On the surface, enforcing an arbitration clause appears to be fairly straightforward: A company would need to show that the parties have agreed to arbitration and the dispute at issue falls within the scope of the agreement. See, e.g., Kirleis v. Dickie, McCamey & Chilcote, P.C., 560 F.3d 156, 160 (3d Cir. 2009); Combined Energies v. CCI, 514 F.3d 168, 171 (1st Cir. 2008); Cap Gemini Ernst & Young, U.S. v. Nackel, 346 F.3d 360, 365 (2d Cir. 2003).
If only it were so easy. (Indeed, the enforceability of an arbitration provision in the terms and conditions provided to consumers by Uber Technologies is currently pending before the Second Circuit in Meyer v. Kalanick, No. 16-2750.) Because the terms of consumer arbitration agreements are generally not negotiable and the agreements themselves are not formed through the typical means of offer and acceptance, courts take great care in analyzing whether an arbitration provision should be enforced against a consumer. Among other things, a court will examine whether: the consumer was on notice of the arbitration provision, the consumer agreed to its terms, and the terms are fair to the consumer. As discussed below, some of these and other issues are easily addressed, while others can be thornier. Regardless, a company should be mindful of these issues when seeking to enforce the arbitration provision it offers to consumers with its products.
Before addressing the arbitration provision itself, the company will need to consider a few preliminary issues. First, the company may need discovery regarding the facts and circumstances surrounding the formation of the agreement to arbitrate. Second, in a diversity action, the company should carefully consider which state’s laws will apply to the question of contract formation because variations in state law could affect the outcome.
Is Discovery Necessary? At the outset, the company should consider whether it will need any discovery before filing its motion to compel arbitration. Generally, the primary issue on a motion to compel arbitration is whether the consumer had constructive notice of the arbitration provision. Accordingly, when it is apparent on the face of the complaint and documents relied upon therein that the plaintiff received and did not reject the arbitration provision, the issues on a motion to compel arbitration can be decided without discovery (but, it may be necessary to submit with the motion an affidavit about the arbitration provision). See, e.g., Nicosia v. Amazon.com, 834 F.3d 220, 231 (2d Cir. 2016); Guidotti v. Legal Helpers Debt Resolution, 716 F.3d 764, 774-76 (3d Cir. 2013). Where, however, the consumer alleges, for example, that he or she did not receive the arbitration provision or took steps to opt out of its terms then discovery into the facts surrounding formation of the agreement may be necessary before the company can bring a motion to compel arbitration. See, e.g., Hines v. Overstock.com, 380 Fed. Appx. 22, 24 (2d Cir. 2010) (applying Rule 56 to determine motion to compel arbitration).
Which State’s Laws Apply to the Question of Contract Formation? An additional key consideration at the outset is which state’s laws apply to the question of contract formation.
The Federal Arbitration Act (FAA) applies not only to the enforcement of arbitration agreements but also to the formation of such agreements. See Kindred Nursing Ctrs. L.P. v. Clark, 137 S. Ct. 1421, 1428 (2017) (“By its terms, then, the [FAA] cares not only about the ‘enforce[ment]‘ of arbitration agreements, but also about their initial ‘valid[ity]‘—that is, about what it takes to enter into them.”). Under the FAA, federal courts generally look to the relevant state law on the formation of contracts to determine whether there is a valid arbitration agreement. See First Options of Chi. v. Kaplan, 514 U.S. 938, 944 (1995). Where the consumer class action is styled as a diversity action, the court will have to undertake a choice of law analysis to determine which state’s laws apply. Depending on the particulars of the case and the arbitration provision, there could be an important distinction in the forum state’s laws and the laws of the competing state whereby the choice of law analysis could significantly alter the outcome of the motion. For example, some states have developed a low threshold for what constitutes constructive notice while others set the bar much higher. Compare Hill v. Gateway 2000, 105 F.3d 1147, 1148-49 (7th Cir. 1997) with Norcia v. Samsung Telecomms. Am., 845 F.3d 1279, 1289-90 (9th Cir. 2017). Accordingly, when conducting the choice of law analysis, rather than comparing the formulaic rules of contract formation among the competing states’ laws, it is critical to examine how each state has addressed the specific issues that the particular arbitration provision presents.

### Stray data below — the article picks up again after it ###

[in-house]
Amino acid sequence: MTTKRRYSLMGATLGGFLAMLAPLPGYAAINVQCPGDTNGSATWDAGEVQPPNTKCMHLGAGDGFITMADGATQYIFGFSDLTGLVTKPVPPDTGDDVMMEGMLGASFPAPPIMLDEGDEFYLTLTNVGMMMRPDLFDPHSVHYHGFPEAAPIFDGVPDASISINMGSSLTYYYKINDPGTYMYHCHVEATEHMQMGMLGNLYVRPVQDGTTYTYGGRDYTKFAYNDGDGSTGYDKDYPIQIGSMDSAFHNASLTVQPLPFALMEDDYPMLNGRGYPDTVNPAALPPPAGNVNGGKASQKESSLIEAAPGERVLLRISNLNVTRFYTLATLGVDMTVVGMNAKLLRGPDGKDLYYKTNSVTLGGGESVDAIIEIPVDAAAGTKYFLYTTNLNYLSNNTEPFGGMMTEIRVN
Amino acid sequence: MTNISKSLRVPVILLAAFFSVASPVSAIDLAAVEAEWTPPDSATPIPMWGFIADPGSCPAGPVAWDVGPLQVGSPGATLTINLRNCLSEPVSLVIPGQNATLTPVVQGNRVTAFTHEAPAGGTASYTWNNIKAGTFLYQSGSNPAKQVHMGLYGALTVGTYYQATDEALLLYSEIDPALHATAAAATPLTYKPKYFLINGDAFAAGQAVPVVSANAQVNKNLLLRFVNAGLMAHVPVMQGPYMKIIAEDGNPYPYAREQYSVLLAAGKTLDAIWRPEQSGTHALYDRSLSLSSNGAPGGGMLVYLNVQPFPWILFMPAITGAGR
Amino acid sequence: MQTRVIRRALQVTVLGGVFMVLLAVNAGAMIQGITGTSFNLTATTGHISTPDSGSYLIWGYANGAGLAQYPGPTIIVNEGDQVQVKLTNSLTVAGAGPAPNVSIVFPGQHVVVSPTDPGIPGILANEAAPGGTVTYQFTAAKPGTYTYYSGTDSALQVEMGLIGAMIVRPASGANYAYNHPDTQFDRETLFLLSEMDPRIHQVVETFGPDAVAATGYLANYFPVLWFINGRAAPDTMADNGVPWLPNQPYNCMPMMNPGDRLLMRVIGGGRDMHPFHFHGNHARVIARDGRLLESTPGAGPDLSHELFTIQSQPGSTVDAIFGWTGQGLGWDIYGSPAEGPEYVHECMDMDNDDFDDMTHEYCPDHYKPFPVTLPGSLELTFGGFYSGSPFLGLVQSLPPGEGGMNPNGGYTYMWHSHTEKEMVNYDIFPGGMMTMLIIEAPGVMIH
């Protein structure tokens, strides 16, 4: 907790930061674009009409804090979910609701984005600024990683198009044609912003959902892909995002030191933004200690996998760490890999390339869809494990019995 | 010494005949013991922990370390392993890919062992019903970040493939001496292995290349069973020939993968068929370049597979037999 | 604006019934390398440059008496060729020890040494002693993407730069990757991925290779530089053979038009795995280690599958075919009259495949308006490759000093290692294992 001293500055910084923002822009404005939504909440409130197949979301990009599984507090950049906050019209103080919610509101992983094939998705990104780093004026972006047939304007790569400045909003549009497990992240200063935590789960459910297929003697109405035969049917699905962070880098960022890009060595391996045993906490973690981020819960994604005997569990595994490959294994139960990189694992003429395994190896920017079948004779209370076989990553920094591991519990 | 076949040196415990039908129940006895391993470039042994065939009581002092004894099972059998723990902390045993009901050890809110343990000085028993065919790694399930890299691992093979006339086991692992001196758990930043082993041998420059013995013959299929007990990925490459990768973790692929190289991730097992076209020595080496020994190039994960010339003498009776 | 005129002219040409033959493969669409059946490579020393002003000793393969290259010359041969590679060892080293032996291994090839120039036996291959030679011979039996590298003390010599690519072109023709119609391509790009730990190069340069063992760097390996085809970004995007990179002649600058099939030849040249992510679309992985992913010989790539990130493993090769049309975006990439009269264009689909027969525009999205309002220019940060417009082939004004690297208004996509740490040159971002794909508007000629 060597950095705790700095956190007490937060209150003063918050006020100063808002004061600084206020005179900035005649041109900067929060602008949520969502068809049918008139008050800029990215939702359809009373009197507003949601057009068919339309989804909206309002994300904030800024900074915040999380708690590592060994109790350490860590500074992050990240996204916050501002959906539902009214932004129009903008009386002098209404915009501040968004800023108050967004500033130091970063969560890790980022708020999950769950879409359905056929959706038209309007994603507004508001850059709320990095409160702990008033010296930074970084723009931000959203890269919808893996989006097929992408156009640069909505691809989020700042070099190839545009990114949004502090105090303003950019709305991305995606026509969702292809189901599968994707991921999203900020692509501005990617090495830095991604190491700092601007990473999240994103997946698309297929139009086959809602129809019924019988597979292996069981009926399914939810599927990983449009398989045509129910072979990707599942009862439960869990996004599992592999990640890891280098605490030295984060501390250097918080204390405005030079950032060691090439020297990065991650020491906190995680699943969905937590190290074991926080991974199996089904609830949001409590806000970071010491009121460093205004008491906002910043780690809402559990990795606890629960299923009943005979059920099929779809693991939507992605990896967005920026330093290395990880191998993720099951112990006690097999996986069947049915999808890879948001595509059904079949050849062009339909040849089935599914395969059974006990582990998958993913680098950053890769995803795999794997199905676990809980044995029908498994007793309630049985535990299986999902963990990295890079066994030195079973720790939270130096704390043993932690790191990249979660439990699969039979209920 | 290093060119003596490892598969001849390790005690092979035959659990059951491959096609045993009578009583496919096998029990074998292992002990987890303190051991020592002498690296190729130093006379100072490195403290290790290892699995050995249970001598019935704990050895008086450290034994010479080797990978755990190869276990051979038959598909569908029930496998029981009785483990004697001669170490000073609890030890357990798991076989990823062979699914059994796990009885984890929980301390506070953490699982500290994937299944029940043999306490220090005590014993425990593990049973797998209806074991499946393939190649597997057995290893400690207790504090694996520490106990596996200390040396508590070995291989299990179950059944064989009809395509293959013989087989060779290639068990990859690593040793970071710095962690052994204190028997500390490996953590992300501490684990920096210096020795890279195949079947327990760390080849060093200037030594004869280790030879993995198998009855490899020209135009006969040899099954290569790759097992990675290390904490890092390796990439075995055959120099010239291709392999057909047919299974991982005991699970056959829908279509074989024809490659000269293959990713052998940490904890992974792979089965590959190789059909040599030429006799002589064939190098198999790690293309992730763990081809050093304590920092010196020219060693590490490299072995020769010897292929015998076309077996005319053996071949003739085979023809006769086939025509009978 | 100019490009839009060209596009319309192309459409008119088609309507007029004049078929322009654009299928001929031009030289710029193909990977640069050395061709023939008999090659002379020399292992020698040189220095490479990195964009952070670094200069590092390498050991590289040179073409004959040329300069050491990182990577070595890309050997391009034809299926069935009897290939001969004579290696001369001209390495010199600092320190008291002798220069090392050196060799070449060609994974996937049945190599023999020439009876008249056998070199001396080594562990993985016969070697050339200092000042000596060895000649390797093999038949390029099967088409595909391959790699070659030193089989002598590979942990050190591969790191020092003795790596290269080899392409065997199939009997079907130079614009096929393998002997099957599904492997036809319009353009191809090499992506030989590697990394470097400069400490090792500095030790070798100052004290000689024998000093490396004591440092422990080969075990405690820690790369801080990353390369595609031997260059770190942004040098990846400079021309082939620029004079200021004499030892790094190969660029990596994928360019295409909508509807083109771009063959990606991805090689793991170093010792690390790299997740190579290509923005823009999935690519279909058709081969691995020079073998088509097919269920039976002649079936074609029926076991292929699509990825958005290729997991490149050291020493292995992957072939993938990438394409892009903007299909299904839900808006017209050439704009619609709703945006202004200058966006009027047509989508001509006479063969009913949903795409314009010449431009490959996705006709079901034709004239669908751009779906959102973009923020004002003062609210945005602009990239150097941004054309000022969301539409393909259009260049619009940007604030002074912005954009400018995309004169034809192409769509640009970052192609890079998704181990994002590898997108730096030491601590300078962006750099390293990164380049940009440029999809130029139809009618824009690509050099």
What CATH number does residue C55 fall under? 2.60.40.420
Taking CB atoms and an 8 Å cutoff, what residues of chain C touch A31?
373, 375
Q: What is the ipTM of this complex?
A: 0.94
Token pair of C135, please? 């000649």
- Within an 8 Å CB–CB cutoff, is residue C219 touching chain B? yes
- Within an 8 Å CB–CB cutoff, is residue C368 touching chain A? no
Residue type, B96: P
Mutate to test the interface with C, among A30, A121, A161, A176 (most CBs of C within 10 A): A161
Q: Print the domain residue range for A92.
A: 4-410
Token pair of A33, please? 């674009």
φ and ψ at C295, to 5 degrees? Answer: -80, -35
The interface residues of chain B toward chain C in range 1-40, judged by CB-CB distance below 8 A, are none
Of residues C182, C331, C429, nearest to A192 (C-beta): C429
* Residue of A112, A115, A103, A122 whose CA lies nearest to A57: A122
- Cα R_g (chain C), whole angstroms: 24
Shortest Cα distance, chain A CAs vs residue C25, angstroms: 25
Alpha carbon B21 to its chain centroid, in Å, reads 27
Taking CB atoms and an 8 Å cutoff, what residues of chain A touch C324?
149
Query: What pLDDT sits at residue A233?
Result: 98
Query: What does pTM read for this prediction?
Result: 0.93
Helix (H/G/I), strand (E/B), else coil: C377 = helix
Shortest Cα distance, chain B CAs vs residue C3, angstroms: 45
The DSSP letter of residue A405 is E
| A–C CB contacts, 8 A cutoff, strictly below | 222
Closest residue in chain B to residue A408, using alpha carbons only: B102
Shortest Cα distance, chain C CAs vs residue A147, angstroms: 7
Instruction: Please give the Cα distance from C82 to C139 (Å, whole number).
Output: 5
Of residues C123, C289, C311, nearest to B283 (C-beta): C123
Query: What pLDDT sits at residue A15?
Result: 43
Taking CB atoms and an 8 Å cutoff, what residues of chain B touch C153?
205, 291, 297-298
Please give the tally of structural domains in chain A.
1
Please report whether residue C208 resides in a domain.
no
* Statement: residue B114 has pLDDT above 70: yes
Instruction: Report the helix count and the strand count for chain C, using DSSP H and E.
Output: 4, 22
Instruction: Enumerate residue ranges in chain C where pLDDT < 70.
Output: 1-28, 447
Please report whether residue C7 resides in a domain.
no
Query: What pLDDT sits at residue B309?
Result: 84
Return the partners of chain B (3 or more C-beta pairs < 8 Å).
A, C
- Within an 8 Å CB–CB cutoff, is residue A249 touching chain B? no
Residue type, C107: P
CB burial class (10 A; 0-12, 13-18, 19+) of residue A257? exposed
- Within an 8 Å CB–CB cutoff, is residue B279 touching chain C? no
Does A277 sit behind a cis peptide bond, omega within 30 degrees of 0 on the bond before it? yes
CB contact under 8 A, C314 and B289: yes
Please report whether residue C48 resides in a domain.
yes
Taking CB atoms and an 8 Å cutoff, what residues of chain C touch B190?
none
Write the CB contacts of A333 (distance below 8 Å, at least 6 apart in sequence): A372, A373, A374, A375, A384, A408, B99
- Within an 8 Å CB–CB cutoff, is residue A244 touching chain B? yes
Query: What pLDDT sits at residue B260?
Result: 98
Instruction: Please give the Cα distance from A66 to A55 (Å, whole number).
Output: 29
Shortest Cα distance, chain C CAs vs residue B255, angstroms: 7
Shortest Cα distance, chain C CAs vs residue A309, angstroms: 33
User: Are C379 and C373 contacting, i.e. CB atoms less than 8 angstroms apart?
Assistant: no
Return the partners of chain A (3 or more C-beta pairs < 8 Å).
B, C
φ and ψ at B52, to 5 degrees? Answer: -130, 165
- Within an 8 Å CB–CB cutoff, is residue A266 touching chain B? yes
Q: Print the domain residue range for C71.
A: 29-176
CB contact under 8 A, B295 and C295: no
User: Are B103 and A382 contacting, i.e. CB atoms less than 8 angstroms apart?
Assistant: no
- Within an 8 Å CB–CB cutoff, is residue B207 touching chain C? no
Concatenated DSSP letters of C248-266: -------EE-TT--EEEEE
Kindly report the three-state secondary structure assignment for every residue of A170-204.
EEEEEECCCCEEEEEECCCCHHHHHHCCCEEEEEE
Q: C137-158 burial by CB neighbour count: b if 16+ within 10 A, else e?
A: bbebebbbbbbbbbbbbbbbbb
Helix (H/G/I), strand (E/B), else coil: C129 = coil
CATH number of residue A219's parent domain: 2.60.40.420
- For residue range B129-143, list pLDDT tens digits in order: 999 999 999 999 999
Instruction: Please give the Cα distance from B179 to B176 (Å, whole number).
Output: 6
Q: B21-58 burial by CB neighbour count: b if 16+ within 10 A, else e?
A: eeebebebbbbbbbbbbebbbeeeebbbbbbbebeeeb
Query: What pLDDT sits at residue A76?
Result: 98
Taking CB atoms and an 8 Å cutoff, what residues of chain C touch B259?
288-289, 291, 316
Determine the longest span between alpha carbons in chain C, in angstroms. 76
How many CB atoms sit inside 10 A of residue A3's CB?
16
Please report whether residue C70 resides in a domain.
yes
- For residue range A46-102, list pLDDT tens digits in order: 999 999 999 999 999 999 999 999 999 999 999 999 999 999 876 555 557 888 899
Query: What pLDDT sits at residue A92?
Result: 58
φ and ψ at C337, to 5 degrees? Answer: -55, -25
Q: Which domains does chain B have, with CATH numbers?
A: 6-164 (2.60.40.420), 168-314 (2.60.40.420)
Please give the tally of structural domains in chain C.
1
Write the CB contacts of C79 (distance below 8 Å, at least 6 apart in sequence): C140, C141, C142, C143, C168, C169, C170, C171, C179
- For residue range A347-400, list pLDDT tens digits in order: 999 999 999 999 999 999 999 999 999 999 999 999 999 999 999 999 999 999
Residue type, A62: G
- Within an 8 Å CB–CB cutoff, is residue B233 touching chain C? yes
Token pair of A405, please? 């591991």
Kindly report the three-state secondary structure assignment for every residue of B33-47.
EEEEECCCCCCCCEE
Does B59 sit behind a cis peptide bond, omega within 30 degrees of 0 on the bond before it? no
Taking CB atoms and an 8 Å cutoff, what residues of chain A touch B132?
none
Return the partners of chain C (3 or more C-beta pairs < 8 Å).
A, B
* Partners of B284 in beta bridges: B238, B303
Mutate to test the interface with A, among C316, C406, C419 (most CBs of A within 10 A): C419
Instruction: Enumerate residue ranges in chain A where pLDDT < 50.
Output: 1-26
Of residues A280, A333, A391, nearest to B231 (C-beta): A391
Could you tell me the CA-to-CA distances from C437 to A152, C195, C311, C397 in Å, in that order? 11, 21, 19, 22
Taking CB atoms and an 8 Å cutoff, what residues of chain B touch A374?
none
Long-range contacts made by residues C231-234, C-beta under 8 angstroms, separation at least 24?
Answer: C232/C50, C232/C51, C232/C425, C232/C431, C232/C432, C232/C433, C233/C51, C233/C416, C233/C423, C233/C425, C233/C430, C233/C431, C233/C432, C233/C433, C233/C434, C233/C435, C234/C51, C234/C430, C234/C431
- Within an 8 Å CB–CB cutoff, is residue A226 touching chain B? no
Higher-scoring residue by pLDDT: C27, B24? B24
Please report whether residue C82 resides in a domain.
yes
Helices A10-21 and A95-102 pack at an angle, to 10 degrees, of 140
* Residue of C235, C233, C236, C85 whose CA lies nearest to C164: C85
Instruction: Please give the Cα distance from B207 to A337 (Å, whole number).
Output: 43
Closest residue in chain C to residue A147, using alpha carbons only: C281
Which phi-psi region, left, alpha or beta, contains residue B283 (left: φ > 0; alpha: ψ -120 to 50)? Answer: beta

The Validity of the Agreement
The next step is to consider whether a valid agreement to arbitrate exists by assessing whether the consumer had notice of the arbitration provision and agreed to its terms.
Did the Consumer Have Notice of the Arbitration Provision? The critical question when seeking to enforce a consumer arbitration provision is whether the company provided notice of its terms to the consumer. Indeed, if the consumer did not have notice of the arbitration provision, then he or she could not have consented to its terms and a valid agreement to arbitrate (and waive any class action claims) would not have been formed.
Notice can take two forms: actual notice and constructive notice. In most cases, the consumer will claim to lack actual notice of the arbitration provision because he or she did not see it. In those situations, the company will need to argue that the consumer had constructive notice.
In examining whether a consumer had constructive notice, a court will consider the following non-exhaustive factors:
• When the arbitration provision was provided to the consumer (i.e., before or after the purchase);
• Whether the arbitration provision could be found on the outside and/or inside of the product’s packaging;
• Whether there was any conspicuous language on the packaging or product website alerting the consumer to the existence of the arbitration provision;
• Whether there was any conspicuous language on the packaging or product website instructing the consumer to read certain documentation (containing the arbitration provision) prior to using the product;
• Whether a consumer would reasonably assume that the documentation containing the arbitration provision includes contract terms;
• Where within the product’s documents the arbitration provision is located;